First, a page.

The World from Berlin German SPD 'Kowtowing to the Chinese'
After a week of criticism from the right for refusing to meet with the Dalai Lama, Germany's center-left SPD is now consumed by inner-party bickering. Commentators say that the SPD's hemming and hawing is a disgrace for Germany.
German Social Democrats are split about how to deal with the Dalai Lama.
According to an article in the Sunday paper Welt am Sonntag, SPD leader Kurt Beck is furious with Development Minister Heidemarie Wieczorek-Zeul, likewise of the SPD, for her decision to meet with the Dalai Lama on Monday. With Foreign Minister Frank-Walter Steinmeier, also a Social Democrat, having refused to meet with the Tibetan leader, Beck is concerned that Wieczorek-Zeul's decision to do so gives the impression of a split in the party.
"None of us knew that Heidemarie Wieczorek-Zeul wanted to meet with the Dalai Lama," the paper quotes Beck as saying. By the time he learned of the meeting, "the shit could not be undone," Beck allegedly said.
Steinmeier has long been clear about his decision to stay away from the Dalai Lama. Merkel's meeting with the Tibetan leader last autumn resulted in months of political strife between Germany and China, with Beijing cancelling a number of high level meetings with Berlin politicians. It was only through intense negotiations that Steinmeier was able to smooth relations between the two countries.
According to a recent SPIEGEL report, Steinmeier has also been making inroads in encouraging China to open up talks with the Tibetans following the recent unrest in the Himalayan province. An internal government document circulated by Steinmeier within the SPD clearly outlines the foreign minister's position on Tibet. It stated that Chinese Foreign Minister Yang Jiechi assured Steinmeier that his government was planning to restart talks with the Dalai Lama. Steinmeier has also been negotiating with Tibetan leaders. "These concrete achievements should now be cautiously expanded and not jeopardized through reckless actions," Steinmeier wrote.
Meanwhile, Merkel's Christian Democrats (CDU) have been happy to continue heaping criticism on the SPD's position on the Dalai Lama. Merkel, in Latin America on the tail end of a five-day visit, has said that she would have been happy to meet with the Tibetan leader again had her schedule allowed. Other high-ranking CDU politicians -- in addition to those from the CDU Bavarian sister party Christian Social Union (CSU) -- have held talks with him in her stead. German commentators on Monday once again weigh in on the controversy.
The center-left Süddeutsche Zeitung writes:
"This episode is a disgrace for a party that rarely misses a chance to praise itself for always having been on the side of peace, freedom and democracy. But it is also a disgrace for Germany on the whole. The back-and-forth position on the Dalai Lama is seen by many Germans as kowtowing to the Chinese -- and rightly so. There is an English name for this type of hemming and hawing: Appeasement . For those who support this strategy, even a handshake with the Dalai Lama is a symbolic political move that makes progress on the Tibet question more difficult. Such a position is often referred to as realpolitik; those who don't understand are accused of being naïve.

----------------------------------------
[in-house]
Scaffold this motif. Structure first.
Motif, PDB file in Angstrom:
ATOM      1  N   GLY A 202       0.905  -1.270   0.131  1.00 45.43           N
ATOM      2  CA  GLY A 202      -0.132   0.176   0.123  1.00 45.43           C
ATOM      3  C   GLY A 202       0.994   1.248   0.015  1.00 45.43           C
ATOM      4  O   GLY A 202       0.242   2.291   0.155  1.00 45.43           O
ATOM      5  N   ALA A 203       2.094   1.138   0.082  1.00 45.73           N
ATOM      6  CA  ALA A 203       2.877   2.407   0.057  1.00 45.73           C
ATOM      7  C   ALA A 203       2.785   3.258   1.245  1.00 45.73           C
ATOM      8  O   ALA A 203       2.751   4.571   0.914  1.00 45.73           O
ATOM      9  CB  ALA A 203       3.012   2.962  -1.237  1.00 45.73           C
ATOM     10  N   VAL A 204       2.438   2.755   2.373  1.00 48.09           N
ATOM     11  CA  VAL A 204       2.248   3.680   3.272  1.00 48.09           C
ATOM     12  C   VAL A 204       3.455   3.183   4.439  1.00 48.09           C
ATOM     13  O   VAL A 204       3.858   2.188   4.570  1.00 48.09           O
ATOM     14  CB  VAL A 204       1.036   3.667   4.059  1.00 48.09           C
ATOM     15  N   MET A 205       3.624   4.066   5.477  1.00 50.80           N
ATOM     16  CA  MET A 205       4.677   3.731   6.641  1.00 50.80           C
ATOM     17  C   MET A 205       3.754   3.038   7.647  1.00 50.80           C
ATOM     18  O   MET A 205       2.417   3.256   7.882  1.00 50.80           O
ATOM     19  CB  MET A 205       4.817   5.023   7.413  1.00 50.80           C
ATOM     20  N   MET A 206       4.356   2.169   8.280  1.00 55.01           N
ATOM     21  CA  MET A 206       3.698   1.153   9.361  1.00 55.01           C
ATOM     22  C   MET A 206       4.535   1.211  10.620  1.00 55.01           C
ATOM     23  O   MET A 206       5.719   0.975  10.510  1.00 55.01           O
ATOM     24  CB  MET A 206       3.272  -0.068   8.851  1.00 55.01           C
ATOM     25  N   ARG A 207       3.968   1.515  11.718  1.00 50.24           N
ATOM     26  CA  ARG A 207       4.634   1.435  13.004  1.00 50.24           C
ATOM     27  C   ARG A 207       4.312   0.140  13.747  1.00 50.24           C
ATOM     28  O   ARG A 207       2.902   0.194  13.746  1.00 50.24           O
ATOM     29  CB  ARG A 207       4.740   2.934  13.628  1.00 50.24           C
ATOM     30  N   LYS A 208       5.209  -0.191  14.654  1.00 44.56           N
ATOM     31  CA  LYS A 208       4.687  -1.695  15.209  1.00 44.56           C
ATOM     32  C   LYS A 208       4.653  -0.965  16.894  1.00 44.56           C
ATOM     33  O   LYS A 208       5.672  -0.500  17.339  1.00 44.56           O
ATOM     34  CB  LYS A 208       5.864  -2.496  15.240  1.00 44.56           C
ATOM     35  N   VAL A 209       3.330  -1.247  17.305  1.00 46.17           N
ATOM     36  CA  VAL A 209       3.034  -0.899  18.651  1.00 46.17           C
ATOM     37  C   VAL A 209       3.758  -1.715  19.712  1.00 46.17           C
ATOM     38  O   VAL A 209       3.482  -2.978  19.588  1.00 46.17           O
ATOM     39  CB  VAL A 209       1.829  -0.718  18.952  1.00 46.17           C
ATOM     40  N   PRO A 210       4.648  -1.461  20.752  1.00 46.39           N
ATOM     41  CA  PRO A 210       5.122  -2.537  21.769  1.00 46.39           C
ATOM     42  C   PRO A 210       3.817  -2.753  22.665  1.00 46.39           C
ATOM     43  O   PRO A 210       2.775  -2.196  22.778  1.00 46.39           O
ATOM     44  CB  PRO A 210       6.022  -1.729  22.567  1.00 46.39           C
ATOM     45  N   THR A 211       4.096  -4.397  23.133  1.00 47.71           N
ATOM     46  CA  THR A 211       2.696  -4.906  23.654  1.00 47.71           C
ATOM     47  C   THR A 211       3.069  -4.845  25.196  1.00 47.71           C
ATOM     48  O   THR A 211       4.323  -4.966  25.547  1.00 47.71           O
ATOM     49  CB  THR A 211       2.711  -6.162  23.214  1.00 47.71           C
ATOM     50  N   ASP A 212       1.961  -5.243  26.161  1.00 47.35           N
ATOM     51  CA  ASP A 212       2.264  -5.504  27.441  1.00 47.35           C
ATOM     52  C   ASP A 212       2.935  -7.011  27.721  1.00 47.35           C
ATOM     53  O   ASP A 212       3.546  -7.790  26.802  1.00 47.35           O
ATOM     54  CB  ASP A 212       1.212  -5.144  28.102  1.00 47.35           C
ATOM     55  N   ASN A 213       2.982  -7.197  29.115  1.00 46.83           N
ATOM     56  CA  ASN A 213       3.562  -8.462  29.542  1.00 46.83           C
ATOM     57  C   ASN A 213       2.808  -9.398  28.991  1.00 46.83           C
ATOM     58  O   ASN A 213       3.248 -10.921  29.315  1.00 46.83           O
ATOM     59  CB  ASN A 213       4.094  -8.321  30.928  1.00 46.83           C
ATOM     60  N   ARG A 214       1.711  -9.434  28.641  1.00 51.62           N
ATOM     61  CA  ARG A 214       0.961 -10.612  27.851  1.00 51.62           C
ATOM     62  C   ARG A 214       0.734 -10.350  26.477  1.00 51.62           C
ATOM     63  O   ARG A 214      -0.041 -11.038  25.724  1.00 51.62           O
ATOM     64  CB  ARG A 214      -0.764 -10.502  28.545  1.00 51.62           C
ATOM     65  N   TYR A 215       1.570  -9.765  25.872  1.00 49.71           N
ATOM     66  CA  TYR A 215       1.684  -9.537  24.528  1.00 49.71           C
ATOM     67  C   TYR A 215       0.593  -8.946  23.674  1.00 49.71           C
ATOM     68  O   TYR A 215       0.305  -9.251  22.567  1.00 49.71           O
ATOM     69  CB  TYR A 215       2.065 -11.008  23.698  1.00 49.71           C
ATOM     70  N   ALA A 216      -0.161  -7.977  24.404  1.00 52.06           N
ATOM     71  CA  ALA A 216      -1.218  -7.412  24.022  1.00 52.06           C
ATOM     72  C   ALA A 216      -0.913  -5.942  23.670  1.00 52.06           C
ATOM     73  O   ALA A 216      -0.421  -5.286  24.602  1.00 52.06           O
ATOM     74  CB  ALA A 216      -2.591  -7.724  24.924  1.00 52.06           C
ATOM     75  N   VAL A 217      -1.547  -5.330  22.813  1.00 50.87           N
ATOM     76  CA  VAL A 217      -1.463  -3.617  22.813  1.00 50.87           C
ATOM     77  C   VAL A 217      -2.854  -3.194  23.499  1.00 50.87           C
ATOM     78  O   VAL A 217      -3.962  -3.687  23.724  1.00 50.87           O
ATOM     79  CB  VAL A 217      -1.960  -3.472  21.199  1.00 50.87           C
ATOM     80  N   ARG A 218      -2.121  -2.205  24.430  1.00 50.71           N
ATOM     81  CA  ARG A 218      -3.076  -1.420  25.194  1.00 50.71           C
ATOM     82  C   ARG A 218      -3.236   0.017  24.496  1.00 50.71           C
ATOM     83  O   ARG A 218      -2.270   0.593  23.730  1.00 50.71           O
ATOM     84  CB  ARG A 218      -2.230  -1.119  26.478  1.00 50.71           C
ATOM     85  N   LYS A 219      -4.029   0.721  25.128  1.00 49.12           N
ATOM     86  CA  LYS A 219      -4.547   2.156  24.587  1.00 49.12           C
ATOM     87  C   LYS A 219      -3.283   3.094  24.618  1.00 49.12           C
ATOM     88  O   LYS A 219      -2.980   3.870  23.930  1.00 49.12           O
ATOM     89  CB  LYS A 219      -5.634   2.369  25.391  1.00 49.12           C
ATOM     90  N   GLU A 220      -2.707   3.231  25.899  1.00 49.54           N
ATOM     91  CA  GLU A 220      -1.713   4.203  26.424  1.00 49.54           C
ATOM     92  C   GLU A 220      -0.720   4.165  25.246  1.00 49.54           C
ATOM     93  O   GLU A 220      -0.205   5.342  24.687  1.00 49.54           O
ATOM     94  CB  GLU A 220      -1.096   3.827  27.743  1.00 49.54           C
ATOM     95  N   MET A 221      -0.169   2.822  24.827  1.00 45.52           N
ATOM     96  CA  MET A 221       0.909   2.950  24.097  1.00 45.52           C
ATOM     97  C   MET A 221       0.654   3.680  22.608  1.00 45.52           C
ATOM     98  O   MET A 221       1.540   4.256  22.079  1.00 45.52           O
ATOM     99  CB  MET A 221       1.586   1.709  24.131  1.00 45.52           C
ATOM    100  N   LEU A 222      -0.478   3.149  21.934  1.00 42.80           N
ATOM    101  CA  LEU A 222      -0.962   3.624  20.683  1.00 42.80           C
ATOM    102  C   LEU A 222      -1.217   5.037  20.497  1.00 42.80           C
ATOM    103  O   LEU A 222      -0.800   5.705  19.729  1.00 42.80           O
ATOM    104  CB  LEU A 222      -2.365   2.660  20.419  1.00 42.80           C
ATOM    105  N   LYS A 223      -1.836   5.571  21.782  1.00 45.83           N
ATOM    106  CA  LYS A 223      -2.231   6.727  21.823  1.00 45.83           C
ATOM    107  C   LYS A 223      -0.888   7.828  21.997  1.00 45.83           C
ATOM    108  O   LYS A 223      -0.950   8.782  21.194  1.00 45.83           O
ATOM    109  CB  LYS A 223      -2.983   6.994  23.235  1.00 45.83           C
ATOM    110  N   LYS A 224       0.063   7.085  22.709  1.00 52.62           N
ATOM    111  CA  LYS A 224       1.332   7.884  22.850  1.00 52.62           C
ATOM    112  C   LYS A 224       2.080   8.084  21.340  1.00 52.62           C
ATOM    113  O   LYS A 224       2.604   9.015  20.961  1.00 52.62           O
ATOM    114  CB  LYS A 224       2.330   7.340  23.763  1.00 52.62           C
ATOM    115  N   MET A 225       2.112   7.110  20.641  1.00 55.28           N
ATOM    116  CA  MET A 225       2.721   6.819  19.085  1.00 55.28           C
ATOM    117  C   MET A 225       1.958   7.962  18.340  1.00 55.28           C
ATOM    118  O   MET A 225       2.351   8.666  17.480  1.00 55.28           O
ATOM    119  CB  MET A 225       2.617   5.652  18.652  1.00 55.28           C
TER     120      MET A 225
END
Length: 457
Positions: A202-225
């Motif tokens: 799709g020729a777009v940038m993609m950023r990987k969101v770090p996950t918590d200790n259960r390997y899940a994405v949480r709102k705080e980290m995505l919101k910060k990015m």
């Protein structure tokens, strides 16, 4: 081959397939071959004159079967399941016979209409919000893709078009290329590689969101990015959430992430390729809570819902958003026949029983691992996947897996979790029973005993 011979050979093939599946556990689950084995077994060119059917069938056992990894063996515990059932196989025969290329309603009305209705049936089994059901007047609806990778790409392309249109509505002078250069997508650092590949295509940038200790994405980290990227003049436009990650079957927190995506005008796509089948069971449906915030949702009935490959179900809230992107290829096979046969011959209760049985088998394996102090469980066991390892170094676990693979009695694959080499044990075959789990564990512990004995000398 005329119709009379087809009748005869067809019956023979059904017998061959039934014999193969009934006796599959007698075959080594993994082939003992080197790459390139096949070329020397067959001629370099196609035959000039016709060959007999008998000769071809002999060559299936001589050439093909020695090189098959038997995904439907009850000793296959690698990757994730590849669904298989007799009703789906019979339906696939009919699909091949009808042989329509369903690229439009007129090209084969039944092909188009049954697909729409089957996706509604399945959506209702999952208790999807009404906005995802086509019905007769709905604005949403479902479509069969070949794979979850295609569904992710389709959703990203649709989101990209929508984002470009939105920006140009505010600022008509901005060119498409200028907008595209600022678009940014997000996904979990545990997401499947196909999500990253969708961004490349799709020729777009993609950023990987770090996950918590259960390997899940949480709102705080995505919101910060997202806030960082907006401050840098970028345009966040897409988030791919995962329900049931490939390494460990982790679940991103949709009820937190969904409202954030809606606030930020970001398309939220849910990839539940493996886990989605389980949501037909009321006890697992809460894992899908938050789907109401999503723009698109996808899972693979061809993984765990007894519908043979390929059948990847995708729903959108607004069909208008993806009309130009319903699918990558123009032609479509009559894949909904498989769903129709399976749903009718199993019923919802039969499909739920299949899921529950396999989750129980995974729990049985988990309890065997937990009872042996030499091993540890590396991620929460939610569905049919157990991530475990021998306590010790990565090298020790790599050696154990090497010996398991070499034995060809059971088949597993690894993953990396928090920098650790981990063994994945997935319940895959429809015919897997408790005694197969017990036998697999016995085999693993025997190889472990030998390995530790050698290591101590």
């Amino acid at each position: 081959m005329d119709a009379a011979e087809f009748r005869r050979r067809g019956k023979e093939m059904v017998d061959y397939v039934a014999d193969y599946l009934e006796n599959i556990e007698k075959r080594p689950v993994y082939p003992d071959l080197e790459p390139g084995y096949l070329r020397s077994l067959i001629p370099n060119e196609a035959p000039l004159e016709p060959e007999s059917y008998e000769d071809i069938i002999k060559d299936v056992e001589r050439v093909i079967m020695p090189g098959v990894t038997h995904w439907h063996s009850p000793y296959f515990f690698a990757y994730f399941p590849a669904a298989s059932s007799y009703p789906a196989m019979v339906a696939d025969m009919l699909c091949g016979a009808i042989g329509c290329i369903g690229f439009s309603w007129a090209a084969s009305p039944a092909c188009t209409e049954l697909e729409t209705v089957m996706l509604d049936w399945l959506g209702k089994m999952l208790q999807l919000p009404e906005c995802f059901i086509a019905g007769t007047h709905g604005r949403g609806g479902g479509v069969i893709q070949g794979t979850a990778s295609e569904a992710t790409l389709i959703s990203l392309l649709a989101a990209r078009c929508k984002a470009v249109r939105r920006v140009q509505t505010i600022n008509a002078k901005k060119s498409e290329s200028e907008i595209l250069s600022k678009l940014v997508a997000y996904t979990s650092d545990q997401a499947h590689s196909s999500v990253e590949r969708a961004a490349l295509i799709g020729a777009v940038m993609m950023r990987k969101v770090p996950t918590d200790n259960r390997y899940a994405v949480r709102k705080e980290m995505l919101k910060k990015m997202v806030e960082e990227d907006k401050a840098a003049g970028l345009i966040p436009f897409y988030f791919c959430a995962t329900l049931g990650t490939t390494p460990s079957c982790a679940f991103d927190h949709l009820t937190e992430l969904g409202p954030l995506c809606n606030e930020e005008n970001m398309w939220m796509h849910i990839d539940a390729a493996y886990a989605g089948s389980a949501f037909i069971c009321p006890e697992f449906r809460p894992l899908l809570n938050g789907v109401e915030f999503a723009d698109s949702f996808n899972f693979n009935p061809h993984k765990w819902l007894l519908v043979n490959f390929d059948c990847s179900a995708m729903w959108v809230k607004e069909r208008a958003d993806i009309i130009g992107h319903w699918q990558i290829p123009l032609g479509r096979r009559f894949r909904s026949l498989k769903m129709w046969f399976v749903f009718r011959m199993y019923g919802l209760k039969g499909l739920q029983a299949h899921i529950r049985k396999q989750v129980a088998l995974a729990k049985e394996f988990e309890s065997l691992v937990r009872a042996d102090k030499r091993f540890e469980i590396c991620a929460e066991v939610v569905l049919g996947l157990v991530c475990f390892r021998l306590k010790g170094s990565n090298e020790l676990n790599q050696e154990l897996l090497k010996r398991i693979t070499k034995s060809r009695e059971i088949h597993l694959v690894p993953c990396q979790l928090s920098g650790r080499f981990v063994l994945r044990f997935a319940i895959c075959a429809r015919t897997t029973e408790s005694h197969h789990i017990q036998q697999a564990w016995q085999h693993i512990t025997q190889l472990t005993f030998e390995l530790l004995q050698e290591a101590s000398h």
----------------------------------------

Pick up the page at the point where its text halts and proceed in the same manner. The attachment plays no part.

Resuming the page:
But even realpolitik cannot be separated from the fundamental values held by a society. Otherwise it is reduced to its cynical core."
The left-leaning Die Tageszeitung agrees:
"The numerous Tibet flags hanging from balconies in German cities make it obvious where public opinion lies. But the SPD seems to have missed this sign of the times. Even as numerous CDU and CSU politicians have used the opportunity to bask in the glow of a good cause by receiving the Dalai Lama during his Germany visit, the Social Democrats have come out looking like heartless bureaucrats who value a good relationship with China above human rights."
"SPD leaders argue that human rights in China would benefit were symbolic meetings avoided in favor of political pressure being exerted behind the scenes. But that position implies that they know better than the Dalai Lama how to help the Tibetans. But nobody is buying it."
Conservative daily Die Welt sees parallels to the SPD position during the latter stages of the Cold War in the 1980s:
"Back then, the SPD, as the opposition party, supported a policy of far-reaching dialogue with state and party leaders within the East Bloc. At the same time, the party abstained from meeting with civil rights activists and representatives of the opposition. Only very few within the SPD had the courage to speak with both sides."
"SPD bigwig Egon Bahr's concept of improving relations with the East Bloc through dialogue (a 1960s policy referred to as 'Ostpolitik') was, by the 1980s, interpreted by his party as meaning that one should not provoke the leadership in Moscow, Warsaw or East Berlin. Of course, the Dalai Lama is hardly an activist on the model of the anti-communists from the Polish Solidarity movement. But the parallels between then and now are difficult to ignore. Once again, the SPD has become fixated on 'stability' and the status quo. They are happy to talk with those in power while ignoring society at large."
-- Charles Hawley; 12:45 p.m. CET